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A trip of 1,000 miles begins with the first step – Initial diagnosis of an incident

So, an incident occurred. Service is affected. If you are lucky, event monitoring tools are in place and you will notice the incident before users do. Unfortunately, according to my experience, most incidents are reported by users. Anyhow, now’s when the Incident Management process takes over.

The Incident management process as described by ITIL

Let’s recall the purpose of an Incident Management process as defined in ITIL Service Operation: to restore normal service operation as quickly as possible and to minimize the adverse impact on business operation. Emphasized – “as quickly as possible.”

Is there anything that could be done to speed up incident resolution? If an incident is logged using the IT Service Management (ITSM) tool, i.e. user portal, and there is not enough information to diagnose an incident, there is little that IT can do in the first step. The advantage is that the user, i.e. requestor name, is known. So, the Service Desk (SD) has to call back and gather all necessary data. But, the clock is ticking.

Luckily (or not?), users feel it is quicker and easier to call the Service Desk and talk to someone. There’s your chance. With the user still on the phone, the Service Desk has to try to solve the incident without escalation. Finding out what exactly went wrong (believe me, it sounds much simpler that it really is) and what the symptoms are is the only possible starting point. I noticed that a lot of Service Desk employees are easily taken into useless discussions.


Matching

There are few things that can help to diagnose and resolve incidents by the Service Desk:

Diagnostic scripts – communication script made for particular incident category. Service Management has a lot experience with services it supports and can point to the most critical parts of the service (based on experience or on proactive analysis). This is especially useful in cases when there is a lot of staff rotation at the Service Desk. If the resolution is not known, a diagnostic script will help to isolate the cause of an incident and collect symptoms (for later diagnosis and investigation).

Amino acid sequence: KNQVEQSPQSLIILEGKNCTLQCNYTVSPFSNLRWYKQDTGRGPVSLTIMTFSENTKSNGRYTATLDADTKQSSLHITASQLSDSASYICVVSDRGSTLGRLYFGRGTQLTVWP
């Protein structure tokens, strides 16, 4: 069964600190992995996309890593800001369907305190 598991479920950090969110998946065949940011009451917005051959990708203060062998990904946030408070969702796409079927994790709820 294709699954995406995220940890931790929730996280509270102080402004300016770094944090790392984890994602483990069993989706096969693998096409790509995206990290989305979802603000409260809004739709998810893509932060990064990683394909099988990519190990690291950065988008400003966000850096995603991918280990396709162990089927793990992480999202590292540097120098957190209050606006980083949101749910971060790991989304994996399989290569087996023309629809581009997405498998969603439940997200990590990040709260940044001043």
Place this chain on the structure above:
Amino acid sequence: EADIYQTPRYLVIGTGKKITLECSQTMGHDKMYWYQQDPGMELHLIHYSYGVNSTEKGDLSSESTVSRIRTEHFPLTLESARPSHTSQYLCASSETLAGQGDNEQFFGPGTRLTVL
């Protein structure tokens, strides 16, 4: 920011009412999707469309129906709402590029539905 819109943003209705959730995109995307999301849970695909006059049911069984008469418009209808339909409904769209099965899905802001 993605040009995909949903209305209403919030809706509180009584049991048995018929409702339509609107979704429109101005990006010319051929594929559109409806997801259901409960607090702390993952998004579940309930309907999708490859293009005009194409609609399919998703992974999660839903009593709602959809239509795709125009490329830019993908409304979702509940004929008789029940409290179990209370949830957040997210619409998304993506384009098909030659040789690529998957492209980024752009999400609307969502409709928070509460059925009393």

Known error database (KEDB) – many service management tools (and almost all of the enterprise-class ITSM tools) have KEDB. This is a database where known errors (and respective solutions) are stored. Service Desk employees use search functionality (a skilled SD employee will easily identify keywords describing the incident) and try to match the incident with a known error.

Problem matching – it could happen that an incident with the same symptoms is already opened, the problem recorded (meaning, someone is already working on it), and a workaround exists.

Incident matching procedures help to prevent doing the same thing several times.

KEDB and problem matching will contain all relevant information and there is no need to start the investigation from scratch.

Diagnostic scripts simplify, standardize and optimize diagnosis and resolution of incidents. Even though they are used inside the Service Desk, they can be published and used by end users. Once I found the questionnaire used by the Service Desk published as a workflow in HTML form. In such a way, users can navigate until they get to the solution. This increases user satisfaction (people feel “smart enough” to solve the incident by themselves) and saves resources inside the ITSM organization. Quite the contrary, some large service providers do not allow opening an incident until you pass one such questionnaire.

Incident_matching_procedureFigure: Incident matching procedure

What’s the importance of initial diagnosis?

Recently, I spoke with a few users at one of my customers’ businesses. I ask them to describe their Service Desk and they replied: “Forwarding managers!” Explained – what the Service Desk does is escalate most of the incidents. And users don’t get the feeling that they are efficient, i.e. they are not of much help. Skilled staff is one of the answers, but sometimes it’s hard to find appropriate people. Other solutions include incident matching procedure (with well-developed KEDB and active Problem Management process) and powerful service management tools, which are a great help for the Service Desk to solve incidents during the first call.

Nice and efficient, isn’t it? Well, it’s not that simple. There will always be incidents that can’t be resolved by the Service Desk. They will be escalated (to the next support level – Functional escalation). And that is OK as long as the Service Desk keeps ownership of those incidents.

Or, back to the title – the Service Desk has to navigate throughout the whole journey. Otherwise, every crossroad will be a potential pitfall and ETA (Estimated Time of Arrival) changes to -> unknown.

You can also check out a free preview of our Incident Management Process template to see activities, roles, and responsibilities applied to incident resolution.

Advisera Branimir Valentic
Author
Branimir Valentic
Branimir is an expert in IT service management (consultancy, training and tools), IT governance (training and consulting), project management and consultancy in IT and telecommunication. He holds the following certificates: ITIL Expert, ISO 20000, ISMS Lead Auditor and PRINCE2.